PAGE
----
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Mehfil: Free Indian Classical Music and Dance February 16th in Popper Theater

February 9th, 2010 · 2 Comments

By Aditya Prakash

A little background on Mehfil: Mehfil is a unique concert of Indian Classical Music and Dance featuring our very own talented student musicians at UCLA. This free concert will take place at Jan Popper Theater in Schoenberg on February 16th, 2010, from 6:30 PM to 8:30PM. In its fourth year, Mehfil has been put on annually by SAPA @ UCLA (South Asian Performing Arts).


ADITYA PRAKASH performing at the 2009 Mehfil at the Freud Playhouse

The importance of Mehfil to UCLA students: Many students here at UCLA have learned an Indian Classical art form, but due to the academic stress from university life they do not have the time or motivation to keep in touch. With the opportunity this concert affords to perform the music they have studied, students are inspired to rekindle their interest in music and dance. Additionally, the concert gives students a chance to perform or showcase their talent. Other students who will be performing on Tuesday have been learning Indian Music through UCLA?s Ethnomusicology department.

The audition process: Since there are many students at UCLA who have training in Indian Classical Arts, auditions were held for the upcoming Mehfil event. The accepted participants were then required to compose a piece for the show. Some composed original pieces? others created pieces inspired from an existing composition. What we found was that this process of creating music and dance not only brings out the creative spark in these artists, it allows them to use their musical minds in ways they may not be accustomed to.

What to expect at Mehfil: There will be many dancers collaborating with different styles of Classical Indian dance. One of the musical acts will be South Indian Classical vocal styles along with Flamenco and Turkish music played on the acoustic guitar along with tabla. This piece, along with many of the other acts, has been composed specifically for this concert.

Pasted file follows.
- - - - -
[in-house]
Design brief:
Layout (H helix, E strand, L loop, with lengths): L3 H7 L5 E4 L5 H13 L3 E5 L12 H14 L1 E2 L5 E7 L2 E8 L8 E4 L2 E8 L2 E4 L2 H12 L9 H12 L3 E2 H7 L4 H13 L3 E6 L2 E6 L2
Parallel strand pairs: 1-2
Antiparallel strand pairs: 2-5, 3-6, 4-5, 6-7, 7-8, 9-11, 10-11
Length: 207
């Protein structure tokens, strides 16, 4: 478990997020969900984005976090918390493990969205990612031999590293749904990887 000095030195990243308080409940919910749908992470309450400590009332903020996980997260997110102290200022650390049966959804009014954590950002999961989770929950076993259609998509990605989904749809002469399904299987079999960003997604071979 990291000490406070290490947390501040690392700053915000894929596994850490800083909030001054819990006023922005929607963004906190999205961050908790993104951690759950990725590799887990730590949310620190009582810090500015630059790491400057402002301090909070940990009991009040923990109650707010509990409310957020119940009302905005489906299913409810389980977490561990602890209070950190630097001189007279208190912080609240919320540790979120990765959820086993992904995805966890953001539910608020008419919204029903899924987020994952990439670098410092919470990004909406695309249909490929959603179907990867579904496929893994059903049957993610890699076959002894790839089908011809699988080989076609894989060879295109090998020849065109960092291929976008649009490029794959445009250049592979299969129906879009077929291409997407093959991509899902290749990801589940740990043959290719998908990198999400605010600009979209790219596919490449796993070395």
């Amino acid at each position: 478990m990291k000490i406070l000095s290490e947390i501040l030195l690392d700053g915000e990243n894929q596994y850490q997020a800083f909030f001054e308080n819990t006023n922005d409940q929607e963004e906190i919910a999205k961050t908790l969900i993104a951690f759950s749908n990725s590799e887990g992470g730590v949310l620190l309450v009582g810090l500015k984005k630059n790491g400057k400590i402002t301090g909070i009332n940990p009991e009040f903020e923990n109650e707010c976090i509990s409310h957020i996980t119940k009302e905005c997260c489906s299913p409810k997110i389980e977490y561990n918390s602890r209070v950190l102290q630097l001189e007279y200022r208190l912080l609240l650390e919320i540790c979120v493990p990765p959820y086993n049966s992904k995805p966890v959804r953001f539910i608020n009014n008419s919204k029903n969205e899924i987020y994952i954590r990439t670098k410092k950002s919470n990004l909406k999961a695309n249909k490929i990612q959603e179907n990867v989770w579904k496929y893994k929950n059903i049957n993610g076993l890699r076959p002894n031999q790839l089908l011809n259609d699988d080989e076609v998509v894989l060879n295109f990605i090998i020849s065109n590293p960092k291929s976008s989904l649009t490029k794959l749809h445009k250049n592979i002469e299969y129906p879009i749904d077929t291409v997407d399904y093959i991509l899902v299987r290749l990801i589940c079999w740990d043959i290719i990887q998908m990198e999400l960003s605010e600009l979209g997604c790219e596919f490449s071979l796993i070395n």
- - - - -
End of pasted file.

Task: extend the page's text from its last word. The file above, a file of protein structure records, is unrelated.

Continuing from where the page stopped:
What goes into producing Mehfil: The practice sessions to create these sort of pieces usually require hours of just experimenting and learning more about the other styles involved. Once a certain connection is made between the varying styles an attempt can be made to solidify the structure of the piece. If some musicians are lucky, they notice the points of similarity and contrast right away and can compose a piece very quickly. Otherwise, the process for composing a completely new piece in a short time is very demanding. This experience enriches the musician and dancer and gives them a sense of pride in their artistic ability.

Aditya Prakash is an organizer of this year?s Mehfil performance. When he?s not pursuing his studies at HASOM, he?s blogging at http://adityaprakashmusic.blogspot.com/

Tags: Composition · Ethnomusicology · Performance · Students · World music

2 responses so far ↓

  • Lezioni-Di-Chitarra // Aug 2, 2010 at 4:16 pm

    I recently attended a masterclass by Amit Chatterjee who played with the great Joe Zawinul. My appreciation for Indian Classical music grew loads. He is such a great player and I love how he joined Eastern Music and Western Music/Culture.

  • yahşi cazibe // Sep 8, 2010 at 11:08 am

    My appreciation for Indian Classical music grew loads. He is such a great player and I love how he joined Eastern Music and Western Music/Culture.

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